In addition to more fruits and vegetables, they were selling chicken, fish, herbs and herbal medicine, too.
If you were too busy to prepare a meal, you could even buy pre-chopped vegetables from a woman who arrived early in the morning to chop all the veggies.
Danielle Goes To Work
I spotted a tailor in the corner near the fishmonger as well as someone selling DVD’s. But my absolute favorite was the woman selling clothing including some interesting underwear. She convinced Danielle to get behind the stall and take a picture with her because she likes to have her picture taken.
Delivering the Food
With all of our bags of food ready to go, Jean Paul led the way for us to start making our deliveries. We got to talk the same dirt roads and stairs that the people in Villa El Salvador walk daily. It was hot, the sun was beating down on us, but we pushed on.
Along the way we got to take in the view of Lima from up high in Villa El Salvador. Anywhere else these views would command massive amounts of money in real estate. However, that’s not the case here.
There’s no grass, many of the people don’t have running water, but share with their neighbor. Most importantly, they’re not complaining because they’re all family and one big community.
We met a young girl as we passed through who was selling little plastic bracelets. Danielle and I each bought one and learned this little go-getter was doing a nice job marking up her costs. I expect her to do quite well in the future in business.
Haku Tours Is More Than Just Tours
Haku Tours doesn’t just do tours for tourists, but also makes an impact in the community. They have been influential in starting daycare centers and community kitchens in Villa El Salvador. Jean Paul even bought dog food to feed some of the animals that live in the community. You can’t visit here and not be impressed and moved to want to return to volunteer.
Soon it was time to return to our vehicle and prepare for the next part of our tour, the City of Kings and Queens Tour.
City of Kings and Queens Tour
After driving back into Lima, we were now ready to get out and about and see more of this great city. Our first stop was at Convento de San Francisco, a monastery and beautiful example of Spanish Baroque architecture. Inside you’ll also find an extensive library of over 25,000 books in a setting that will make you feel you stepped into a Harry Potter movie.
But the best part of this monastery was what is underneath in the catacombs. A former cemetery, it’s believed that at least 25,000 people were buried here. Unfortunately, I wasn’t able to take photos so I can’t tell you what it looks like, but I did open my Ghost Radar Connect app and started receiving messages immediately.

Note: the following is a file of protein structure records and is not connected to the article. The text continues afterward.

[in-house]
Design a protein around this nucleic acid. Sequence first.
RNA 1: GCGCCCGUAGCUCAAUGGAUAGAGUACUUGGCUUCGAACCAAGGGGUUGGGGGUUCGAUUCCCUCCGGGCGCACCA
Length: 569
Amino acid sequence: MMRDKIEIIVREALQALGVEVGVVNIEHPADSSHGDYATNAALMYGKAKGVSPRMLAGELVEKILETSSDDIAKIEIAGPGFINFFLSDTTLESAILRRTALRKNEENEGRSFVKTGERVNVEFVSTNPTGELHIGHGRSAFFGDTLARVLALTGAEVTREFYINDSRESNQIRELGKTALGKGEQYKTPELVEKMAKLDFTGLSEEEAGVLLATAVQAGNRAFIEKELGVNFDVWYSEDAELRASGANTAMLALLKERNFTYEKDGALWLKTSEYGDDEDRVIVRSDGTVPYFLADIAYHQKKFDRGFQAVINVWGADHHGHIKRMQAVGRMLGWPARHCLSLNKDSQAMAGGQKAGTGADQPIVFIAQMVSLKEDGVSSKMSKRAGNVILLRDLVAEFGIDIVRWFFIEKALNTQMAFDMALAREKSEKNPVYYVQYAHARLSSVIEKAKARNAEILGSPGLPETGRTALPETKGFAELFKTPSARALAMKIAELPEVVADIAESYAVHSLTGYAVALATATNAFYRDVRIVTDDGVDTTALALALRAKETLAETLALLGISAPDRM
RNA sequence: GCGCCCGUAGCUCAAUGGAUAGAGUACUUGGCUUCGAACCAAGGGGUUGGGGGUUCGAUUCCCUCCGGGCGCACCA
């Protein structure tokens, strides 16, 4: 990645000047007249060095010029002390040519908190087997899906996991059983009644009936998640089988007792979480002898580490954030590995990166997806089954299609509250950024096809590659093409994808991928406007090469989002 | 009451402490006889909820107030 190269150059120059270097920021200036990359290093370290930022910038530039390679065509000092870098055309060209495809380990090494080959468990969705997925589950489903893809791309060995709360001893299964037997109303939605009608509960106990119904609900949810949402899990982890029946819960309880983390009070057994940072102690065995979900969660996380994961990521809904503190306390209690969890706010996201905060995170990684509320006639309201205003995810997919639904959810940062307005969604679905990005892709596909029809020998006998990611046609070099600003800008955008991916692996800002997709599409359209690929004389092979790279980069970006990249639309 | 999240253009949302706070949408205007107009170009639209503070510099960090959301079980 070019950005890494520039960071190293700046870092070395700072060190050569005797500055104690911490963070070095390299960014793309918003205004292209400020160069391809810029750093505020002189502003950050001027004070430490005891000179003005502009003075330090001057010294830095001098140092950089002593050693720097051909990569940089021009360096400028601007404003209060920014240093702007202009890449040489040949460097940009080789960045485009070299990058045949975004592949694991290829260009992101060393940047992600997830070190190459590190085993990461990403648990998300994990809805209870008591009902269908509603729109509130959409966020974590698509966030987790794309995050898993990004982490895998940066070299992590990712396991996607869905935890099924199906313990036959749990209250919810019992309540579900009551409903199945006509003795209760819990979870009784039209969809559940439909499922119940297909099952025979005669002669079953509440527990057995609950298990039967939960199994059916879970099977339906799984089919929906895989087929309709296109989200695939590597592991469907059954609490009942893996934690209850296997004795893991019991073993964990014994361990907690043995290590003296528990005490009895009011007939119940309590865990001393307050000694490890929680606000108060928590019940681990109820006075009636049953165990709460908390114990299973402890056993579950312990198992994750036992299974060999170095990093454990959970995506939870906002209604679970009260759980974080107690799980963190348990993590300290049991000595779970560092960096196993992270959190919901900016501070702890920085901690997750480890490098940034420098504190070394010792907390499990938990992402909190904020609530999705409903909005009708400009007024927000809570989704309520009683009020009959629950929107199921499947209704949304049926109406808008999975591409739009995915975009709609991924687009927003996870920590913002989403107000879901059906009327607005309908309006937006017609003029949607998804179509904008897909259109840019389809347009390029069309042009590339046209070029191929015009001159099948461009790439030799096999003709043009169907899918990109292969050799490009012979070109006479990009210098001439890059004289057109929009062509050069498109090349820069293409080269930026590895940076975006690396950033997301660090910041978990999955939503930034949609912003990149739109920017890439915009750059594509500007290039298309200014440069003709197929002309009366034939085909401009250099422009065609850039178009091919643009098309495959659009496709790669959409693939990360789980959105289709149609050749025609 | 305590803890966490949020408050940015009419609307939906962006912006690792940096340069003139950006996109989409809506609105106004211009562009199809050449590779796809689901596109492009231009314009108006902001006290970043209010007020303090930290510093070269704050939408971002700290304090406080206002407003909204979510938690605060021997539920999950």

TSG Tip: I loved the Last Supper painting by Diego de la Puente who made it authentically Peruvian. You’ll see things like potatoes, a guinea pig, and chilis in the painting along with children, none of which were present in the original painting by Leonardo da Vinci. This painting was made to convert the Incas to Catholicism by having them see themselves in the painting.
Churros and Inca Kola
Since we started the tour late because of having to get a shuttle into Lima, we didn’t have time for lunch, but Jean Paul was still going to hook us up with some food. We stopped for authentic Spanish churros and an Inca Kola, of course. They were big like croissants and filled with caramel. I ate a little of the outside and drank my Inca Kola. Even Danielle who doesn’t like churros, loved her Peruvian churros.
Next up was a visit to Plaza Mayor for pics before returning to the ship. Located in the Historic Center of Lima, Plaza Mayor is surrounded by the Government Palace, Cathedral of Lima, Archbishop’s Palace of Lima, the Municipal Palace, and the Palace of the Union.
No trip would be complete without a little shopping and poor Jean Paul and Yonathon waited patiently for us as we sifted through t-shirts, alpaca sweaters, Pisco, and more.
Overall, I was extremely impressed with Haku Tours desire to enlighten visitors to Lima while not exploiting the people of Villa El Salvador. I felt more like a participant in the day’s activities and not a voyeur, which I liked. Most of all, I got to see how real people live and not the artificial and touristy parts of Lima exclusively. I highly recommend Lima’s Reality Tour with Haku Tours if you decide to visit Lima, Peru.
Have you visited Lima? Can you suggest other destinations in Peru that you found equally exciting? Leave your comments below. Discover some other great destinations and travel ideas here on the Travel Shop Girl website .
On my new SPONTANEOUS TRAVEL SCALE of 1-5, with 1 being super easy and spontaneous and 5 being you better plan far in advance, Lima scores a 2 for spontaneous travel since it’s affordable, easy to get to, the country and the people are amazing, and I definitely feel the need to return.
While we were provided a discounted tour from Haku Tours, as always all opinions and photographs, unless otherwise noted, are my own.